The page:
Weak shilling makes Uganda Rwanda’s imports source in the region

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A shopper checks out Minimex maize flour, which is produced in Rwanda. EAC producers want governments to promote their goods.

A shopper checks out Minimex maize flour, which is produced in Rwanda. EAC producers want governments to promote their goods.

The weak shilling in Uganda has made the country, Rwanda’s import destination in the third quarter of 2015, statistics have indicated.

According to statistics from National Institute of Statistics of Rwanda –NISR, Uganda  contributed 50 percent of Rwanda’s total imports from East Africa ahead of other member states.

This comes after most traders prefer to buy goods from Uganda, highlighting lower prices due to weak a shilling that continues to depreciate against the Rwandan francs.

“You buy more goods withless money in Uganda than buying in Kenya,” Claude Musabyimana, a clothing dealer in Remera who shops from Uganda told this website on Thursday.

The Rwandan francs recorded appreciation against regional currencies through the year 2015 with Uganda Shillings trading at 0.2366/0.2317in June, 2015 and 0.2233/0.2189 by Thursday, according to Central bank.

The regional currencies faced depreciation against the green back in the first and second quarter of 2015 on account of economic sluggishness which weakened currencies inthe East Africa region.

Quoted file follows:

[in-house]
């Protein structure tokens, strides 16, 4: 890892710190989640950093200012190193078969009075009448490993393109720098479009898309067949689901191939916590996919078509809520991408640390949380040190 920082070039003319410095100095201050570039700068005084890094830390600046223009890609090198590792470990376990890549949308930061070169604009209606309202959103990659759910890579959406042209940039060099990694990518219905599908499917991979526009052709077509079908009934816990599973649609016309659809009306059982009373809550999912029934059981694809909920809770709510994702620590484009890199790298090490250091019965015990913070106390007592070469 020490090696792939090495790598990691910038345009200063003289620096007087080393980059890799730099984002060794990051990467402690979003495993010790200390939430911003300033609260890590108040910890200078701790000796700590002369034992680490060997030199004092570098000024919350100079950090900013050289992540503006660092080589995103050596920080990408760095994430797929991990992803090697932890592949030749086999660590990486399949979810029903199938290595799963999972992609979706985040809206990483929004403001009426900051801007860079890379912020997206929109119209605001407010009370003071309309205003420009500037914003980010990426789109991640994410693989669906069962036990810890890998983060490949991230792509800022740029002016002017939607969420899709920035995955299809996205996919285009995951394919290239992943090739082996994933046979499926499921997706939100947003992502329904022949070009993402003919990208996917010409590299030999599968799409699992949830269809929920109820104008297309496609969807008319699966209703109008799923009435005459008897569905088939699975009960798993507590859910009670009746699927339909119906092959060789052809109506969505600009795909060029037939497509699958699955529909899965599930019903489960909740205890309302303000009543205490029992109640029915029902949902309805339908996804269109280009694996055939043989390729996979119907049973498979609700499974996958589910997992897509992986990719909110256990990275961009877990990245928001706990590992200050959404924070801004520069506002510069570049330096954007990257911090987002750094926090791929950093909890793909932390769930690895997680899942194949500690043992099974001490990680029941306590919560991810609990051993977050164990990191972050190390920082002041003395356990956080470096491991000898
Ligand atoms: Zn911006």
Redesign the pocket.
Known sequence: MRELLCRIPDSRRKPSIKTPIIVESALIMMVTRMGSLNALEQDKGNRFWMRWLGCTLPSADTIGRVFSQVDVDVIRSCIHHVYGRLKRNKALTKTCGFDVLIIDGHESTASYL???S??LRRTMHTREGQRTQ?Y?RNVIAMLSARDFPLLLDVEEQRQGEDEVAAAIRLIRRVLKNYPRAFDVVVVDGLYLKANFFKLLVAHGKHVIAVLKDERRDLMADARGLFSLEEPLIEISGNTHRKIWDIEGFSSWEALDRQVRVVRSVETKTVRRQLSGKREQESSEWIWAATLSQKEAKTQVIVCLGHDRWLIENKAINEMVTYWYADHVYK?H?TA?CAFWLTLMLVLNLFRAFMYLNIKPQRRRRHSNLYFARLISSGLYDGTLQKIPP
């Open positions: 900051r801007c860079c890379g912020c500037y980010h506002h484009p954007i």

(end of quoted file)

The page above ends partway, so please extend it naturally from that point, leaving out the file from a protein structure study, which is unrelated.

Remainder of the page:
“When we buy at cheaper price it makes us get a bigger profit andalso lower the prices on our market,”said Herbert Shumbusho, an importer of construction materials in Gisozi, Kigali.

This saw Rwanda’s imports receipts continued to grow in the third quarter of 2015 when compared to the second quarter of the same year.

“In the third quarter of 2015, Rwanda’s imports from EAC Partner States totaled US$ 125.95million, representing 26.17 percent of overall imported commodities from EAC,” said Sébastien Manzi, Director of Economic Statistics Department at the statistics body.

In terms of share in imports from the region, Uganda contributed 50.3 percent, Kenya 31 percent; Tanzania follows in the third place with a 15.8 percent share of total imports from EAC and Burundi last with only a 2.2 percent share.

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Olive Ndaka is the Junior Editor for RwandaEye. An investor and young entrepreneur, she is a quick learner and has contributed many articles for RwandaEye in Kinyarwanda.

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